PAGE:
October 25, 2013

Two sides of LePage: He sometimes offends, but his focus is unwavering

Maine Center for Public Interest Reporting

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Gov. Paul LePage has emerged as an anti-politician with his disdain for the sometime necessary tact required of political leaders.

Maine Center for Public Interest Reporting

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Dana Connors, the president of the Maine State Chamber of Commerce, cites specifics in praising LePage’s policies, such as approval of a bill that “opens the door to mining,” the governor’s veto of a worker’s compensation bill the Chamber said would have added millions to premiums and his veto of a hike in a minimum wage.

Connors said LePage “has been pretty spot on in terms of staying true to doing what he set out to do.” But there was a qualifier to his support – while his members like the governor’s policies, “where you find the falling out,” Connors said, “are over his comments … It’s the style and not the policy that has people scratching their heads.”

One of the state’s leading environmentalists said LePage’s policies are bad for jobs and the economy because that economy depends in a large degree on the state’s “brand identity.”

Pete Didisheim, the longtime lead lobbyist for the Natural Resources Council of Maine (NRCM), said, “Our sense is the environment is nowhere on his radar screen … underlying that is a lack of understanding of the importance of Maine’s natural resources to all aspects of the state’s economy,” including attracting new businesses.

While environmental groups like NRCM had easy access to the governor’s office going back at least to Baldacci and Angus King, Didisheim has never met with LePage.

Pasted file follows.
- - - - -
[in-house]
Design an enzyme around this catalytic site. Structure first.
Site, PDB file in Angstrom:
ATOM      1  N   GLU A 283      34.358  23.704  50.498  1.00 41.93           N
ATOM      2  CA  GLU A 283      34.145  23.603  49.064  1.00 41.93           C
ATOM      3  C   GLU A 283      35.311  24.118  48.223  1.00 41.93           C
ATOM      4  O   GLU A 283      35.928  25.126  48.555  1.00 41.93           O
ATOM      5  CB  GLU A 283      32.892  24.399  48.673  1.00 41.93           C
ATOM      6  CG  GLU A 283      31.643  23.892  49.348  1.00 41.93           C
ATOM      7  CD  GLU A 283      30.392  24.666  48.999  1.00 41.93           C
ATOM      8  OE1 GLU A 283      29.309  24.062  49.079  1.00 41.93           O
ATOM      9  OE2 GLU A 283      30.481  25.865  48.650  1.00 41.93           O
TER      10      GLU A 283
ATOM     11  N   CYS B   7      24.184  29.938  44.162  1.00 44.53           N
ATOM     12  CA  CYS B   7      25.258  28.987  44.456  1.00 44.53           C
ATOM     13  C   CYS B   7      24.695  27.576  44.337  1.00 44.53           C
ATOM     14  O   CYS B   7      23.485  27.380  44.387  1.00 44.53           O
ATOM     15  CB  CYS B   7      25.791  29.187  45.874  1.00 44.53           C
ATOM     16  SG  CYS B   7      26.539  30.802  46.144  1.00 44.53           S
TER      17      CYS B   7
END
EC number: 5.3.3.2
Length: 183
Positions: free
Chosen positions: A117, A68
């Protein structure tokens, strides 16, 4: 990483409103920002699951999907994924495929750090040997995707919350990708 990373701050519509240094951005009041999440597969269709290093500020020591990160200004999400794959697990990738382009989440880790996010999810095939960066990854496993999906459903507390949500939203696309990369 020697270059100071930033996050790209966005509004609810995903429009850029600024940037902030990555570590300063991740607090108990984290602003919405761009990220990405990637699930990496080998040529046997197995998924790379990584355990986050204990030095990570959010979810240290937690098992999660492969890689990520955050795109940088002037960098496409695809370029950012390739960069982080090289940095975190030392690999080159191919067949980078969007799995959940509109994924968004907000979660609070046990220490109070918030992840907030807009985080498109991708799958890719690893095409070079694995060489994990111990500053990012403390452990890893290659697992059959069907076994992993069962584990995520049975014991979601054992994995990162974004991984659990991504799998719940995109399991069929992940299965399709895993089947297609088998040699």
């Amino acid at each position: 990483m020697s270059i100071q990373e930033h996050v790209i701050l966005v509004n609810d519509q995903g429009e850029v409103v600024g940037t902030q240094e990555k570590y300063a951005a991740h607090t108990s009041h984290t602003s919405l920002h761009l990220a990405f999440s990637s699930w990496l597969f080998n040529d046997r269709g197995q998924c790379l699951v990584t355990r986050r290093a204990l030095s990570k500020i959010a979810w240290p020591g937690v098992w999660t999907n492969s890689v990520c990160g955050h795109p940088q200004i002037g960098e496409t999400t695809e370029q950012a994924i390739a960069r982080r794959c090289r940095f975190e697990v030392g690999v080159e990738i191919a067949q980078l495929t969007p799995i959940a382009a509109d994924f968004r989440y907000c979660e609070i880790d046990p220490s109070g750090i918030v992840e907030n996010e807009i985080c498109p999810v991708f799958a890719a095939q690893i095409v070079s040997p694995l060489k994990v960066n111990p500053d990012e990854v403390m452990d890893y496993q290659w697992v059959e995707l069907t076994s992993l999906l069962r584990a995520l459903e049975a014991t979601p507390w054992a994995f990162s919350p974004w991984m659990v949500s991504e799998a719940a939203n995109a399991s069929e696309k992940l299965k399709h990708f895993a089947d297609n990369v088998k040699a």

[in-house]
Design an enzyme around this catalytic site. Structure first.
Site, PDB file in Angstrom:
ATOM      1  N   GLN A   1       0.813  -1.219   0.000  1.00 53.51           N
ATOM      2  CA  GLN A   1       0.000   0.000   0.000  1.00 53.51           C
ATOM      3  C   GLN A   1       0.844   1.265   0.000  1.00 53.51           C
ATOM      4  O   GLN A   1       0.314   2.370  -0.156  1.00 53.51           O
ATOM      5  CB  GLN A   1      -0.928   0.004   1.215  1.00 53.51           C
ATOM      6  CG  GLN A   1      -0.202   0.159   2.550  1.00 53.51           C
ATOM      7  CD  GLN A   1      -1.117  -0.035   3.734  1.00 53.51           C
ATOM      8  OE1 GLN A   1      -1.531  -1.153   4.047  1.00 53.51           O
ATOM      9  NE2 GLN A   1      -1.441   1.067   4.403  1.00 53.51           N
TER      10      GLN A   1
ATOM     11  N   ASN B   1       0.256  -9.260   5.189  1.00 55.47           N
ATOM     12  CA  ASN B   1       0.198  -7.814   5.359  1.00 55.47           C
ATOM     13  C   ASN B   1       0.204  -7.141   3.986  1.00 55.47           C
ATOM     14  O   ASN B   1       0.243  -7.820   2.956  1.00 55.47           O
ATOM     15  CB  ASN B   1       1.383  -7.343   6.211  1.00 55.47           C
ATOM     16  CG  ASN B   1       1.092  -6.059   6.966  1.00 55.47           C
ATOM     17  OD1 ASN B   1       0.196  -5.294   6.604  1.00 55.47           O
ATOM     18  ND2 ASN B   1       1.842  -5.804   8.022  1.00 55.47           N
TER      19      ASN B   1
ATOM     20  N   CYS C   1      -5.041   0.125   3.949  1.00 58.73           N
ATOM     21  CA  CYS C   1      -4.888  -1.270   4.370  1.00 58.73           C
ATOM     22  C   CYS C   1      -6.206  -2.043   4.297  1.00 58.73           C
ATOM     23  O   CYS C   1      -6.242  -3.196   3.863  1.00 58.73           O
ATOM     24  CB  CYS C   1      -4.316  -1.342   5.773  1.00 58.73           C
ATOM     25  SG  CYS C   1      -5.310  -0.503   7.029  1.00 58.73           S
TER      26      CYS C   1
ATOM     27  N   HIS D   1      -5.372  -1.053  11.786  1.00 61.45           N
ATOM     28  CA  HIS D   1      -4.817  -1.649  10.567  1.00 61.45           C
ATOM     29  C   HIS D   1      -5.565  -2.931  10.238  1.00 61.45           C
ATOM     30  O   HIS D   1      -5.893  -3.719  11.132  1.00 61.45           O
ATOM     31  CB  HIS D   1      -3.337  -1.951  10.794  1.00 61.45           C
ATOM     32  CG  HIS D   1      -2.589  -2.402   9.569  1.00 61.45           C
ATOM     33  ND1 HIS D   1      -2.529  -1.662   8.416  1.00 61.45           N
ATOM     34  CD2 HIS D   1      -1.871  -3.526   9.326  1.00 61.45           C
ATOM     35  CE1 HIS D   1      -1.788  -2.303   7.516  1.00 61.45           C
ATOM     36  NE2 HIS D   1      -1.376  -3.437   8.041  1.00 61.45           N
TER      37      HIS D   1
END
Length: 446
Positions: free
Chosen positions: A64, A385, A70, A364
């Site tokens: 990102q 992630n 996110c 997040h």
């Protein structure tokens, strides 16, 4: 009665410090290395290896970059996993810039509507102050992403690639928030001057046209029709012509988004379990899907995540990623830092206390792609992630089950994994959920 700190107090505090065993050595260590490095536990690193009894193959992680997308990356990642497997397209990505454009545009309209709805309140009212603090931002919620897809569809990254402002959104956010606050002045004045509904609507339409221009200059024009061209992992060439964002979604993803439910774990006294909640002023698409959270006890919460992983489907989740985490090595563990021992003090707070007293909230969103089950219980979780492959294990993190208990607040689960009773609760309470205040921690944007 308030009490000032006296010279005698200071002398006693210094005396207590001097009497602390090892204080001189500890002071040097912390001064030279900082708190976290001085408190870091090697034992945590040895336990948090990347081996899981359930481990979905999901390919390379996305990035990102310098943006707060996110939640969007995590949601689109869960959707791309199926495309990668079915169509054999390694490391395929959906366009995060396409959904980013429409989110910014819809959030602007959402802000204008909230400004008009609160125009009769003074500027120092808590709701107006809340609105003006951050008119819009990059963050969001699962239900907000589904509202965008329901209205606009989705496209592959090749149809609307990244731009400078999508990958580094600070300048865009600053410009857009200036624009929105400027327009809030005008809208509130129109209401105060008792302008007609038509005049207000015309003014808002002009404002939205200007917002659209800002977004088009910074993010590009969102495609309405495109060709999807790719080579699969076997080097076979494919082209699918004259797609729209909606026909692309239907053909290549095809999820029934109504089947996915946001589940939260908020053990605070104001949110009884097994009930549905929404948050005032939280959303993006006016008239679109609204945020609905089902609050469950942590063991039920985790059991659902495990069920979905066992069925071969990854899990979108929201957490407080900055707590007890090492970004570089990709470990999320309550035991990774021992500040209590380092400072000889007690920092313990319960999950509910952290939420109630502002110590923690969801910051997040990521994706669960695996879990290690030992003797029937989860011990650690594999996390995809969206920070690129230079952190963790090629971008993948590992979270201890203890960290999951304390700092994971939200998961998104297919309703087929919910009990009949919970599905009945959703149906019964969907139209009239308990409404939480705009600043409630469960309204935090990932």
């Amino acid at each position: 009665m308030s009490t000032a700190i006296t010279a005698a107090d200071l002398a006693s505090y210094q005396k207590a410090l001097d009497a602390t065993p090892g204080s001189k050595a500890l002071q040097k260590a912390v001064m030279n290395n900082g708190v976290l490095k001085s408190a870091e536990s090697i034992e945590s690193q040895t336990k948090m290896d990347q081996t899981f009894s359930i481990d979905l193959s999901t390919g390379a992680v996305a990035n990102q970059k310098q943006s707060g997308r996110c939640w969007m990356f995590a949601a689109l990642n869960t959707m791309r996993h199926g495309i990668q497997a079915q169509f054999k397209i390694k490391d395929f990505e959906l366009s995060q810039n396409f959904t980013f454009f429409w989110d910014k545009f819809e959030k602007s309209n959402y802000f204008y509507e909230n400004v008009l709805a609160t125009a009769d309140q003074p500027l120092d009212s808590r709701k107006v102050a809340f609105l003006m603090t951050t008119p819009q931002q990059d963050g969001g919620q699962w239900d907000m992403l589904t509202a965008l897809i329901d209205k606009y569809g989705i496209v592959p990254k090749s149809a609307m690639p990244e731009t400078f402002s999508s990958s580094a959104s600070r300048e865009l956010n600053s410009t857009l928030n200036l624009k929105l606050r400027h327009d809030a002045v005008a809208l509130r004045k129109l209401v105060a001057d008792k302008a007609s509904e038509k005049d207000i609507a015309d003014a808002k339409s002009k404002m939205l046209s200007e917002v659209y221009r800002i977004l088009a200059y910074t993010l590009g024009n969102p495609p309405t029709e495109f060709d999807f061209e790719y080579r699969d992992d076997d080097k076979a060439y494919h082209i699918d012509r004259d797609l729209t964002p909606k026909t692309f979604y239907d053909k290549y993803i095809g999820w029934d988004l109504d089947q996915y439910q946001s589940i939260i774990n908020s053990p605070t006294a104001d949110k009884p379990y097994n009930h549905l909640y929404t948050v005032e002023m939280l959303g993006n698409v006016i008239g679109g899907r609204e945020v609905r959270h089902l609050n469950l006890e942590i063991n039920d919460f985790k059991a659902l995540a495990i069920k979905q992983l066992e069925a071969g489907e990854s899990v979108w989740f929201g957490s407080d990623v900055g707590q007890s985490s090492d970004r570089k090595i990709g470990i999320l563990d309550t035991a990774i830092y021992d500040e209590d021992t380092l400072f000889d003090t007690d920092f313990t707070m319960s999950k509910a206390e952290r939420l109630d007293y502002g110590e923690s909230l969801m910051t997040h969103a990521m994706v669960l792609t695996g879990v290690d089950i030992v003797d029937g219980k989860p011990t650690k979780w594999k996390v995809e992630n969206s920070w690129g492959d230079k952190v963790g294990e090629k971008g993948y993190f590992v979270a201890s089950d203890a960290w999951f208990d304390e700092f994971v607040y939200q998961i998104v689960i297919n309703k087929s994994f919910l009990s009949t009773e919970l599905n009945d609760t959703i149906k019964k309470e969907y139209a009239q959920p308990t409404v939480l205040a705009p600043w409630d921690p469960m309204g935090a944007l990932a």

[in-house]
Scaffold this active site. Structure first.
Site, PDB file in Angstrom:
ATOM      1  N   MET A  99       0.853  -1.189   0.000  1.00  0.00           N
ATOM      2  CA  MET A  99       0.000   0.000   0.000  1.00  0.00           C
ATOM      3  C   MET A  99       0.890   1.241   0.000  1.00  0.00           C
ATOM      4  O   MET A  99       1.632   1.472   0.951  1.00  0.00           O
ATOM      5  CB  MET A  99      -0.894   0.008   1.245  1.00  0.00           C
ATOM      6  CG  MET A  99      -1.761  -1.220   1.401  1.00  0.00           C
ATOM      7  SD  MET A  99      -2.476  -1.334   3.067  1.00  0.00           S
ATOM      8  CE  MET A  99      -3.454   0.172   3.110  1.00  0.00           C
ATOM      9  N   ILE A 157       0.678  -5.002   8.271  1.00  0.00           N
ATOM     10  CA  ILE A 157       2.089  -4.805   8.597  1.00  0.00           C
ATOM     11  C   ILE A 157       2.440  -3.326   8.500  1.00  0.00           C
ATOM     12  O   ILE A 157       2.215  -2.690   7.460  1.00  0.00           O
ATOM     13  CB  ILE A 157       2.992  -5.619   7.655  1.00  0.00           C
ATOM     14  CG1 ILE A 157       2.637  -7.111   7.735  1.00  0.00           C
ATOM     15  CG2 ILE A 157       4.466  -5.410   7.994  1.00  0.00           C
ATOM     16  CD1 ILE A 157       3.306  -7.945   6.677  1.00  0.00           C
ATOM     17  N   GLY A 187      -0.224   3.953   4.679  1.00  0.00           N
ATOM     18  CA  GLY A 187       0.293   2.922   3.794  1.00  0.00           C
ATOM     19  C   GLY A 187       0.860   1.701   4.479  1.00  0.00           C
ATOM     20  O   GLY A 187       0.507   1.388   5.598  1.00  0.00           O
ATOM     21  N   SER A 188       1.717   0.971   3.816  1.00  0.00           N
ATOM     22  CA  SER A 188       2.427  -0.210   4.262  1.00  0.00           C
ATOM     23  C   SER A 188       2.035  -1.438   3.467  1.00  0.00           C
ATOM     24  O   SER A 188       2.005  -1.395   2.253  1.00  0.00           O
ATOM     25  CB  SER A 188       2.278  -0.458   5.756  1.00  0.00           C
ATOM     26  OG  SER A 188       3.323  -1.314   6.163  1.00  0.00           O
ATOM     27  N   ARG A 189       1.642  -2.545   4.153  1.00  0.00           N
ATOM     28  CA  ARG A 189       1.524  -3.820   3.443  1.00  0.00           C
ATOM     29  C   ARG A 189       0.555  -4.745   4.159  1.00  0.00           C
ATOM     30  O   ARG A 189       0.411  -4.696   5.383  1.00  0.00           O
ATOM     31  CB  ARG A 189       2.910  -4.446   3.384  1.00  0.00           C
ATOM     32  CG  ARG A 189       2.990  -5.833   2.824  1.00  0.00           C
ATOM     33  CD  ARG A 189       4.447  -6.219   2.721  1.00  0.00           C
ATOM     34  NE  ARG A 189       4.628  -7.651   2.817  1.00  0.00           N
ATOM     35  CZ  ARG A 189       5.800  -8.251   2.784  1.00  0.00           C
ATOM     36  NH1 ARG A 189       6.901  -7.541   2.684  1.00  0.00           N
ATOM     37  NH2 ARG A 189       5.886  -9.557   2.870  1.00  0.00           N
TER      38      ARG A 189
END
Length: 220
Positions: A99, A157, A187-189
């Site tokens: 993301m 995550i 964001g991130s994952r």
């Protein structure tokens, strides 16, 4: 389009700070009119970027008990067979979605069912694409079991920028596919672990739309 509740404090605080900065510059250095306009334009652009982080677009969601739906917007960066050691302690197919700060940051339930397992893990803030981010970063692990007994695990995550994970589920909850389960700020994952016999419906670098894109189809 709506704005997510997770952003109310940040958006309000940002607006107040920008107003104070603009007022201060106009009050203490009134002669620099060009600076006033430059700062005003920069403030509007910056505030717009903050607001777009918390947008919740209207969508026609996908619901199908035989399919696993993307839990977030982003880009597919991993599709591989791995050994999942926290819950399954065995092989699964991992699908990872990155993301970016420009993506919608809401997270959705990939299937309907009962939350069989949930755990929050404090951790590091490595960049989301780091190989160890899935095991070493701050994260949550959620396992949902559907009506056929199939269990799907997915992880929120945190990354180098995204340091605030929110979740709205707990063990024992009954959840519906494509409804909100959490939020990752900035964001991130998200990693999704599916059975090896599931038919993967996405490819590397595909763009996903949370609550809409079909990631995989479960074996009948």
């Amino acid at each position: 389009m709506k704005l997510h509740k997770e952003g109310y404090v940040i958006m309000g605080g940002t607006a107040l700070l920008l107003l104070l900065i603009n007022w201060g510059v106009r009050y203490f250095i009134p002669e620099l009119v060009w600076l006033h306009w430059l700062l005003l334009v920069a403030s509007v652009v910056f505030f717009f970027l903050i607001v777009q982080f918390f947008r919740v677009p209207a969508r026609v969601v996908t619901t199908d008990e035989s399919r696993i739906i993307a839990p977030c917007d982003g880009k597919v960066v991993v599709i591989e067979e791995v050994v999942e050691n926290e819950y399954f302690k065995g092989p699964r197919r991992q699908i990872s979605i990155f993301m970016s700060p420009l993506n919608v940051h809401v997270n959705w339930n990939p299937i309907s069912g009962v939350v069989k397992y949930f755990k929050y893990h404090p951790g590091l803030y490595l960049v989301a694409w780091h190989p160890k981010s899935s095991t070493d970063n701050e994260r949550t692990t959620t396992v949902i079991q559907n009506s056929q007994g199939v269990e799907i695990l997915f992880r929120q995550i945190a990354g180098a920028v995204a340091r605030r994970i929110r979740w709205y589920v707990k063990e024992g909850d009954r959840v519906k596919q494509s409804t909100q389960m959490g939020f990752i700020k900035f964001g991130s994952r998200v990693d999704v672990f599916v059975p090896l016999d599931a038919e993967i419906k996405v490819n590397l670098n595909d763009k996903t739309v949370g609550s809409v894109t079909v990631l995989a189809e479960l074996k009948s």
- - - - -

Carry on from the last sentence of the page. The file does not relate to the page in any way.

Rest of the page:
He said LePage “came in with a sharply hostile attitude towards the state agencies involved in implementing Maine’s environmental laws that marked him in our eyes and the eyes of many as the most anti-environmental governor ever.”

He cites many examples, from the Portland Press Herald’s series accusing LePage’s head of the Department of Environmental Protection of favoritism towards business to trying to take authority over development in the north woods away from a state-appointed agency known as LURC.

‘That would have been the end of the north woods as we know it,” Didisheim said.

(LePage eventually signed a bill reforming LURC based on a bipartisan study.)

As a candidate, LePage struck a chord with business people with his promise to reduce red tape so they can expand and add jobs. LD1 was one of LePage’s first initiatives and was crafted by advisor, corporate lobbyist and Preti Flaherty partner Robinson. The legislation proposed rolling back some of Maine’s pioneering laws that limited the public’s exposure to toxic chemicals, including the chemical BPA, abolishing the state Board of Environmental Protection (BEP) and other steps.

It was greeted with outrage by the state’s environmentalists.

"This list is reckless and appalling. It puts our health at risk, it puts our environment at risk, our clean air, our clean drinking water at risk," said Maureen Drouin, executive director of the Maine League of Conservation Voters.

The bill that LePage ultimately signed was dramatically scaled back by lawmakers, but still streamlined permitting processes, cut the number of members on the BEP, established environmental self-auditing programs for businesses and instituted business assistance programs at the state's economic development department.

Many of its most controversial environmental proposals were split off from the original bill and sent to legislative committees for further review.

Beliveau sees LePage’s attitude towards the traditional liberal interests groups as a refreshing change.

“I think this is the first governor in ages that is not indebted to the MSEA, NRCM and MEA,” he said referring to the state employees’ union, the environmental advocacy group and the teachers’ union.  Both unions are major contributors to Democratic candidates.

LePage, Beliveau said, “has succeeded by challenging them, confronting them and in many ways provided balance where it had not existed earlier.”

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